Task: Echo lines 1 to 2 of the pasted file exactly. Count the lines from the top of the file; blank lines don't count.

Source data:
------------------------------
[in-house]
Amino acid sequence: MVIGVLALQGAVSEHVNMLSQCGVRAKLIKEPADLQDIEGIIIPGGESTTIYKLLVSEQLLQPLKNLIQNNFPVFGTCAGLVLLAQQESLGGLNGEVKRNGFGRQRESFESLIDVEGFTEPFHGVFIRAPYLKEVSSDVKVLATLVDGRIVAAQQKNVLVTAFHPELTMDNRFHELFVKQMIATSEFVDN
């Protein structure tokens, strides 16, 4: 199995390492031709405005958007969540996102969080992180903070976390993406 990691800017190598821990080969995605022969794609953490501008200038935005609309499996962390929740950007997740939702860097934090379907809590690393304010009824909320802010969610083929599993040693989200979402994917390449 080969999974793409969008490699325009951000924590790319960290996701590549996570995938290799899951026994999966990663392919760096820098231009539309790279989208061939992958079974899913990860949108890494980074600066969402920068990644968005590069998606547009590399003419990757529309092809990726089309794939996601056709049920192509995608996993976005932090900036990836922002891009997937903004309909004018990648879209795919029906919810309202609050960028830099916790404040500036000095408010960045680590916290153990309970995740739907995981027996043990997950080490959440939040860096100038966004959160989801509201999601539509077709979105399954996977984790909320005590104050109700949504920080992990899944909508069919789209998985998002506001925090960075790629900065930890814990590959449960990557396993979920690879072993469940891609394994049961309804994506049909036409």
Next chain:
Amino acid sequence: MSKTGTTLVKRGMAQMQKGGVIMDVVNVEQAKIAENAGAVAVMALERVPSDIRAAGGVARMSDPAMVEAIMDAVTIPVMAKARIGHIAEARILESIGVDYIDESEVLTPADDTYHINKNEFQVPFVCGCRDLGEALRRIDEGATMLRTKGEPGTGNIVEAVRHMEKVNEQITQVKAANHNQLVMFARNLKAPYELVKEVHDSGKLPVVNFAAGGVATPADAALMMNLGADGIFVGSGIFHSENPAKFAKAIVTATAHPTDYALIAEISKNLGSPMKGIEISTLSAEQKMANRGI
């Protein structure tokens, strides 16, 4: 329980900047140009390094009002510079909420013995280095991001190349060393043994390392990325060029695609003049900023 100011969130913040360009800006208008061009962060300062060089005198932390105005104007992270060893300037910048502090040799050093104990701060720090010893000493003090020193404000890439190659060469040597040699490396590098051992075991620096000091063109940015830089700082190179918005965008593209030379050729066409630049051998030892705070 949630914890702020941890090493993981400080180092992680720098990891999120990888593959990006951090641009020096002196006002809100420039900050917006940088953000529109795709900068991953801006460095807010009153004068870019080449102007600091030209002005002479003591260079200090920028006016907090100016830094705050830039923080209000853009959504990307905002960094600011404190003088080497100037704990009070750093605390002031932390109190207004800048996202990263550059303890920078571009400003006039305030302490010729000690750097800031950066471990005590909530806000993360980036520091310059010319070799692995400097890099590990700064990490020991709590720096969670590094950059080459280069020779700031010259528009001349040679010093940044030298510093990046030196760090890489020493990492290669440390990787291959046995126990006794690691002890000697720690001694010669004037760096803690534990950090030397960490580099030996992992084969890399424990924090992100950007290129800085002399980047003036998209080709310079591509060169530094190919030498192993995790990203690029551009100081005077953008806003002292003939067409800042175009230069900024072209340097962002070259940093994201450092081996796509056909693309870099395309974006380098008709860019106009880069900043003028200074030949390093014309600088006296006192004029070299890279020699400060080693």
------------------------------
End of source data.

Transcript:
[in-house]
Amino acid sequence: MVIGVLALQGAVSEHVNMLSQCGVRAKLIKEPADLQDIEGIIIPGGESTTIYKLLVSEQLLQPLKNLIQNNFPVFGTCAGLVLLAQQESLGGLNGEVKRNGFGRQRESFESLIDVEGFTEPFHGVFIRAPYLKEVSSDVKVLATLVDGRIVAAQQKNVLVTAFHPELTMDNRFHELFVKQMIATSEFVDN